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The Printer Boy. Or How Benjamin Franklin Made His Mark. An Example for Youth.   By: (1820-1898)

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[Transcriber's Note: Every effort has been made to replicate this text as faithfully as possible, including obsolete and variant spellings and other inconsistencies. Text that has been changed to correct an obvious error is noted at the end of this ebook.]

The

PRINTER BOY.

OR

HOW

BENJAMIN FRANKLIN MADE HIS MARK.

AN EXAMPLE FOR YOUTH.

BY

WILLIAM. M. THAYER

AUTHOR OF "THE BOBBIN BOY", "TALES FROM THE BIBLE", ETC.

[Illustration: Medallion of Benjamin Franklin.]

ILLUSTRATIONS BY JULIAN PORTCH

ENGRAVED BY BALE & HOLMAN.

LONDON JAMES HOGG & SONS

[Illustration: "How much did you give for your whistle!" See page 4.]

PREFACE.

This book is designed to illustrate the familiar maxim, that "THE BOY IS FATHER TO THE MAN." The early life of Franklin is sketched from his childhood to the time he was established in business, thus showing what he was in boyhood and youth; and the achievements of his manhood are summed up in a closing chapter, to substantiate the truth of the above proverb.

The author believes that the lives of distinguished men may be incorporated into a story, uniting narrative and dialogue so as to be more attractive to the young. John Bunyan was the first to adopt this style, and his inimitable Pilgrim's Progress charms the young reader, not only by its graphic imagery, but also by its alternation of narrative and dialogue. Since his day, others have adopted a similar style, particularly in works of fiction, with success. Why may not truth appear in such a dress as successfully as fiction? Why may not actual lives be presented in this manner as vividly as imaginary ones? The young mind will seize upon a truth or fact that is conveyed in a story, when it will remain wholly indifferent to it as it appears in a simple statement. So the life of an eminent man may engage the attention of this class, if he is made to speak and act for himself, when they would not be interested in it, if it were presented to them in a plain summary of facts.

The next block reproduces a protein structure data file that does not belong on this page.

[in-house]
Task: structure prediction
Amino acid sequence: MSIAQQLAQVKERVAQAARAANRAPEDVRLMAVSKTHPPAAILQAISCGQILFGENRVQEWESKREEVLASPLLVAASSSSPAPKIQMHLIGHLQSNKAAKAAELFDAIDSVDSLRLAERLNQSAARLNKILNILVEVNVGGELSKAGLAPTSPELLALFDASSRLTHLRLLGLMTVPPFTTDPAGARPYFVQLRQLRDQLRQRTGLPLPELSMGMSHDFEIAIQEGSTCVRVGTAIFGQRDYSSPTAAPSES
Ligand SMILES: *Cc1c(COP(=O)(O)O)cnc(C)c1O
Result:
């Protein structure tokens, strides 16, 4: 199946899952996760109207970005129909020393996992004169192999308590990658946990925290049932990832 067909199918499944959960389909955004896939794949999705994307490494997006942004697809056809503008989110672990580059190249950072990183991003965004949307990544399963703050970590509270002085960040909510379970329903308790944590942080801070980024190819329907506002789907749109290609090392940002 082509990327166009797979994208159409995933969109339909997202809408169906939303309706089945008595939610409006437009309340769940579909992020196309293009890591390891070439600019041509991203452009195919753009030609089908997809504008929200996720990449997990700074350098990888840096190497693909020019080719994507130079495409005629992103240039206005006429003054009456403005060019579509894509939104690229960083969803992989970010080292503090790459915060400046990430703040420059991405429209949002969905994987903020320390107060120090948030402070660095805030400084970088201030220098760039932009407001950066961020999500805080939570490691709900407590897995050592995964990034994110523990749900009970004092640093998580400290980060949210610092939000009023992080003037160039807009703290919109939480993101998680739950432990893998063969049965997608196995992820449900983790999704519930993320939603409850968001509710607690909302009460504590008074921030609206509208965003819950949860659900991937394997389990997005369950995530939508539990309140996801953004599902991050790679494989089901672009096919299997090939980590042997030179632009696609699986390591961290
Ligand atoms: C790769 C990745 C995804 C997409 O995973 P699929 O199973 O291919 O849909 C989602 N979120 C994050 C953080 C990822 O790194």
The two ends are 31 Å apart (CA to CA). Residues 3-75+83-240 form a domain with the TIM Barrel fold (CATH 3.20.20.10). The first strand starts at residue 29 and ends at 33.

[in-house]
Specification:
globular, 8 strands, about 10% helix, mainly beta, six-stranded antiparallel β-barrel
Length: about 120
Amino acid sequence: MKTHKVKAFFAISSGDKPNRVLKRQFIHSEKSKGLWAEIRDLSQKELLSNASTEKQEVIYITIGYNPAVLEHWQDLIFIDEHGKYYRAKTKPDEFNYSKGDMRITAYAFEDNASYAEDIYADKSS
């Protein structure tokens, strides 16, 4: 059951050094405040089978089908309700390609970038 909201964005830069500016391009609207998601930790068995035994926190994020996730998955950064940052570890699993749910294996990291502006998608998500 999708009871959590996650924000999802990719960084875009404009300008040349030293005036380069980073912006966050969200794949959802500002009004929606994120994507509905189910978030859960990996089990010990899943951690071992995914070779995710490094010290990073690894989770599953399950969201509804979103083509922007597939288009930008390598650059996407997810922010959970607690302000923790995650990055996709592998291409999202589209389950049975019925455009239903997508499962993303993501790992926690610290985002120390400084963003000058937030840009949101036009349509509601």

In this volume, the actual, early life of Franklin is wrought into a story. The imagination has done no more than weave the facts of his boyhood and youth into a "tale of real life." It makes Benjamin and his associates speak and do what biographers say they spoke and did. It simply paints the scenes and acts of which other writers have told .

A conspicuous place is given in the work to the maxims of Franklin, for the purpose of conveying important lessons in regard to the formation of character, and thus stimulating the young in the path of well doing. Whole volumes of meaning are condensed into many of his wise and pithy sayings.

W. M. T.

CONTENTS

CHAPTER I.

THE WHISTLE.

The Holiday The Coppers in Benjamin Franklin's Pocket Inquiry Bounding Out The Toy Shop Then and Now The Boy and his Whistle Resolved to Purchase The Bargain Going Home Making Music Discussion about the Price A Pocketful of Good Things Benjamin crying over his Whistle A Benefit What Franklin said of it Sixty Years after Boys do not Learn from the Past Other Ways of paying too dear for a Whistle Deceit and Falsehood Tippling Worldly Pleasure 1 8

CHAPTER II.

AT SCHOOL.

Talk about School Brothers at Trades Benjamin for the Church Early learned to Read Long Process of Preparation for the Ministry "Uncle Benjamin's" Remarks and Offer Who is "Uncle Benjamin" A Hundred Years Ago When Benjamin was Born Baptized on Same Day he was Born The Record Description of his Birthplace Early Love of Books His Father's Violin Poor but Industrious Seventeen Children Decision to Enter School Where it was, and by Whom kept His Rapid Progress Mr. Franklin's Trust in Providence At the Head of his Class The Boy Father to the Man Daniel Webster David Rittenhouse and George Stephenson Hopes of Benjamin 9 18

CHAPTER III... Continue reading book >>




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